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Everything posted by biaggio

  1. http://business.financialpost.com/investing/investing-pro/will-prem-watsas-650-million-bet-pay-off-if-it-does-fairfax-makes-109-billion "Will Prem Watsa’s $650-million bet pay off? If it does, Fairfax makes $109 BILLION"
  2. http://video.cnbc.com/gallery/?video=3000341008 Mark Fisher: Canadian energy on sale
  3. My 8% position has taken a beating here. To add to my possible confirmation bias: http://www.cnbc.com/id/102233663 http://www.bnn.ca/Video/player.aspx?vid=506243 Appreciate all the posts here. Very therapeutic. Keep posting.
  4. kevin4u2, thanks for the info. I am looking at this area because of the recent depressed pricing. I get the feeling that I should probably be avoiding this. So basically we should look at 2 basic things when looking at reserve reports: - Proven reserves - Capex spent vs how much 1P reserves are added--to see that they are spending money intelligently. One should pretty much ignore, or take it with a grain of salt everything else which requires various predictions/estimates. Looking at LTS, they have ~ 79 m barrels of proven producing oil with a F+D cost ~ $31 per barrel= $2.4b --> would others like CPG be willing to pay this instead of doing their own F&D (CPG historic F&D cost ~$24 ...but that was the past) vs LTS current EV=$2.3 b. All the other land , probable barrels are free options. At $4 per share, LTS is a better bargain then at $9 if oil prices cooperate. I can t see it going to zero. (It could be my blindness). If oil prices continue to be depressed or decrease more, they could cut the dividend to zero, cut their capital spending, and cut their operating costs...yes the share price would suffer. Who knows what oil prices will do. They might be up to $100 again. Its possible that prices will stay around $80...I would expect LTS and other companies to adjust to this if they want to survive. Just speculating. Again I appreciate all the healthy skeptism. kevin 4u2, ItsAValueTrap, is there a price or valuation where these types of properties would be considered for your portfolio.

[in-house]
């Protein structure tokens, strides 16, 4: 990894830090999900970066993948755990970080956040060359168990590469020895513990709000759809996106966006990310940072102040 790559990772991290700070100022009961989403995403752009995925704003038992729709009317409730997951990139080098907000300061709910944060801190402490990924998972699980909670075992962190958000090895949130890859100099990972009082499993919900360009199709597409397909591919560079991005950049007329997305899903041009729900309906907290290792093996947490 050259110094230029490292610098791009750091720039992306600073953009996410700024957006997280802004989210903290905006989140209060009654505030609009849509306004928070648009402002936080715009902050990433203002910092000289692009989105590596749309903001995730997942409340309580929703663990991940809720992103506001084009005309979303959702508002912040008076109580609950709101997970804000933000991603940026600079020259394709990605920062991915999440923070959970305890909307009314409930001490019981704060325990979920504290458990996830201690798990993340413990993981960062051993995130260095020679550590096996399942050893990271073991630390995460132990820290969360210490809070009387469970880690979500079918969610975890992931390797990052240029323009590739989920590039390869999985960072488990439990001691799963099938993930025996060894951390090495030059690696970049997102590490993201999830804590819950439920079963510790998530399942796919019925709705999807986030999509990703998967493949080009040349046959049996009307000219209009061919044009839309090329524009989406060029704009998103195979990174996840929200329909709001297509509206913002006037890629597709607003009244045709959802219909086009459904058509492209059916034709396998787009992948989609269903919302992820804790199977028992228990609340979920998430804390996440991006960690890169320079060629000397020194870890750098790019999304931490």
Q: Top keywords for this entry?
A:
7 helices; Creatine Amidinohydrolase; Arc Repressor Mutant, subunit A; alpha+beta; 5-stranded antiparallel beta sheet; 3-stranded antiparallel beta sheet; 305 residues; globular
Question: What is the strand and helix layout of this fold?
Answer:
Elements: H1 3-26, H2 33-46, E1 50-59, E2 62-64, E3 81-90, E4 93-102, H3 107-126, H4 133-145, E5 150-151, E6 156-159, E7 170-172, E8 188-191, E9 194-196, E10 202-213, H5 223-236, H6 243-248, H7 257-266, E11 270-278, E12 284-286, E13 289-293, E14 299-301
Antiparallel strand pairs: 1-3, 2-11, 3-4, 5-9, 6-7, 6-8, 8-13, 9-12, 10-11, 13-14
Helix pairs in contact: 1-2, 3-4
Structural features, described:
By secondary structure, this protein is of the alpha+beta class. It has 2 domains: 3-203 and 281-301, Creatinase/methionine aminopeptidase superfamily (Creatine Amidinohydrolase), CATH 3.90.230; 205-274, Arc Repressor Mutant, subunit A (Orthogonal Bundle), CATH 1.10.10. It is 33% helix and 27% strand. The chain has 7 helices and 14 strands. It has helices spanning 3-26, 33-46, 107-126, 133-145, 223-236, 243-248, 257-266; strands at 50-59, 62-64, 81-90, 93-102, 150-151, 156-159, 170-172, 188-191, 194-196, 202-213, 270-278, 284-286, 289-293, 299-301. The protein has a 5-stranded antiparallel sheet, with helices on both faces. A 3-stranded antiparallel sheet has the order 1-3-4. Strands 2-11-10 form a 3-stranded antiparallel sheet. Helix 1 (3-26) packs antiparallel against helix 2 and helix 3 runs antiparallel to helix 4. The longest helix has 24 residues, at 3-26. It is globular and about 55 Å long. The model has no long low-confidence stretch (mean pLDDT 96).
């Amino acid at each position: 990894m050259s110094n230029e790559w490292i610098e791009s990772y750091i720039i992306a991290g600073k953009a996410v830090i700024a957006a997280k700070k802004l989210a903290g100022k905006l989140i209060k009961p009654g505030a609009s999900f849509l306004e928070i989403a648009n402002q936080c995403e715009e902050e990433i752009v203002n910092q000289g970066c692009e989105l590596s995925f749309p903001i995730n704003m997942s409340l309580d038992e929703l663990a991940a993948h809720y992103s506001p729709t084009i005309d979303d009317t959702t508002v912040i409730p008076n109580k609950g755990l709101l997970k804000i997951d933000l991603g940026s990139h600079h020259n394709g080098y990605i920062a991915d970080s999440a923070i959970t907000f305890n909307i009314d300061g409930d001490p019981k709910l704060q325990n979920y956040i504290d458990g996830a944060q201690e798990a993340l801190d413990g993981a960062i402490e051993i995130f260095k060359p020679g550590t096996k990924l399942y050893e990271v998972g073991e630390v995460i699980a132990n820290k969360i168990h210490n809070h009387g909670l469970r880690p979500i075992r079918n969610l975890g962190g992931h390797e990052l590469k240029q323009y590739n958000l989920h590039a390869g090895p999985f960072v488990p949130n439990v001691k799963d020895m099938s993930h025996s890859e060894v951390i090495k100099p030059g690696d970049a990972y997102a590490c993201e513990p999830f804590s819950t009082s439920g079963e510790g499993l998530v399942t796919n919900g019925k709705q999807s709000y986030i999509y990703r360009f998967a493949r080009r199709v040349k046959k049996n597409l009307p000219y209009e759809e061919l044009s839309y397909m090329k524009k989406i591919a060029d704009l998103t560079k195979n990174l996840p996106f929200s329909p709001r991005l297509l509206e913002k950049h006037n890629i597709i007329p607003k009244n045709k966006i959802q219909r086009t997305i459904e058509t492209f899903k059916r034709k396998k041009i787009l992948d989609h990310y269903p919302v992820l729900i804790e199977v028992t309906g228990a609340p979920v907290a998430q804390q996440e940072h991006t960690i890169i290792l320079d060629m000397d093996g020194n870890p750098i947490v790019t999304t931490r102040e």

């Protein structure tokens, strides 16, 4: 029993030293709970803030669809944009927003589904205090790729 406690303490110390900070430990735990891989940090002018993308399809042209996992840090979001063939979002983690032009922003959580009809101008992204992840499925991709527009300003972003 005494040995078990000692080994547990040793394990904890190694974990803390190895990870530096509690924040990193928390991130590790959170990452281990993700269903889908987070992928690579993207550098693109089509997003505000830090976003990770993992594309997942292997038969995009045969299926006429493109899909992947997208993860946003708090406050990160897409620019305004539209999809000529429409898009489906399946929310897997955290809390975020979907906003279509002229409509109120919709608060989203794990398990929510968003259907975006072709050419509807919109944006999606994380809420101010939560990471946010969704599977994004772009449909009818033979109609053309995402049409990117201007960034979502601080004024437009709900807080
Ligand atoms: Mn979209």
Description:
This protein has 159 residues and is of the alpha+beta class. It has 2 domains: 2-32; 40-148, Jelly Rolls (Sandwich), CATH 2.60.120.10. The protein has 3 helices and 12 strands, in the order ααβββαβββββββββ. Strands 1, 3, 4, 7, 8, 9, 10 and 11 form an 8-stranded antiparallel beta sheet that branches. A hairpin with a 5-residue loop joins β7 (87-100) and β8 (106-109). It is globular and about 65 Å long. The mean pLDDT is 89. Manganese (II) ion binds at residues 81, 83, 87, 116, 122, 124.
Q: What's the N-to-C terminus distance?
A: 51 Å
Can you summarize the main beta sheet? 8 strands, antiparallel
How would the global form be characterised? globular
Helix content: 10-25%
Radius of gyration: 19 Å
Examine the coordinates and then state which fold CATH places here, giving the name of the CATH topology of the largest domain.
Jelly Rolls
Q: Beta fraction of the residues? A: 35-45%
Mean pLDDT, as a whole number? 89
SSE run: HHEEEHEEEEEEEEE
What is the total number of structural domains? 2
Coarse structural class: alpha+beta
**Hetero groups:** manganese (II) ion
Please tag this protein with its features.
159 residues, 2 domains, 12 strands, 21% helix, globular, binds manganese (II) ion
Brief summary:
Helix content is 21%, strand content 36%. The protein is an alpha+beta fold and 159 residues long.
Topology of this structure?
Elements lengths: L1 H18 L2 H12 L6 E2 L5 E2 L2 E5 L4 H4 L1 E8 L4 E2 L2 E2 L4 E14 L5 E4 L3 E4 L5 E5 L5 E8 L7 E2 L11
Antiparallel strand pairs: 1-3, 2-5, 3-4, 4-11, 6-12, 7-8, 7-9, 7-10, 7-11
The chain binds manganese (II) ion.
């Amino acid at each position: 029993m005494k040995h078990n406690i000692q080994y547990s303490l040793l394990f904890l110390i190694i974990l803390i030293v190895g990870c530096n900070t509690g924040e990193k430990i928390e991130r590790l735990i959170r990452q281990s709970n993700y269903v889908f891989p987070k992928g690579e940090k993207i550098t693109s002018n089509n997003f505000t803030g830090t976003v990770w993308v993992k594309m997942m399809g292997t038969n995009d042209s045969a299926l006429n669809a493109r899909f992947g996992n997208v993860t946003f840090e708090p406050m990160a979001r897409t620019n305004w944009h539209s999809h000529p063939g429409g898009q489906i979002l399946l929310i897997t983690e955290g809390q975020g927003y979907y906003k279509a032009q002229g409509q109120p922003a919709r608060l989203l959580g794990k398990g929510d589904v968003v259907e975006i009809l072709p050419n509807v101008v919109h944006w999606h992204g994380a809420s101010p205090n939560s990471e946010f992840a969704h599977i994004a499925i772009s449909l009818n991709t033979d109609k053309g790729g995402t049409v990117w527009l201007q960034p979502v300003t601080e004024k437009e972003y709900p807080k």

5. Valuetrap, thank you for your response. Much appreciated.
  6. Kevin I really respect your opinion. You are of the same opinion as value trap, another knowledgable poster here I am just wondering how you go about looking at these reserve reports? For others here, here is a report on reserves starting at the bottom of page 14. http://www.lightstreamresources.com/files/pdf/investor-relations/2013/2013%20Annual%20Information%20Form.pdf It seems that reserves are estimated by Sproule, who seems to evaluate most O&G properties that I have looked at. Maybe thats my problem I am looking at the wrong properties. Are these professional engineering groups in collusion with management similar to the financial auditor pre 2008. With the way things are working out I am really doubting myself. I have a very small 1% position but was thinking of adding. The whole reserve report seems to have a lot of estimates. Estimate for future prices, operating cost, etc...I understand how the NPV number can be BS . How accurate are the estimate of actual reserves in barrels of oil. i.e. if they say that they "probably" have 176 million of barrels of oil in reserve, do we care if its 125 or 200 million barrels....Ok I care, I would rather it be 200 but if you're buying all 178 million barrels for $2.26B ($1.5B in Debt + the rest in equity), that works out to ~$13 per barrel..that seems inexpensive. If they end up having 125 million barrels then that ends up being $18 per barrel...still ok assuming that they can still turn a profit I had assumed that the estimates were roughly accurate +/- 20%. The way I see it they are too good to be true. Yet I want them to be true. I really appreciate Kevin4u2 and value trap introducing some skeptism. Hoping to learn something. Hoping not to lose money.
  7. Potential catalyst= merger + acquisition by other oil + gas companies. Does it not appear that it is cheaper to buy these companies vs drilling for new oil. I am bracing for more price weakness until then.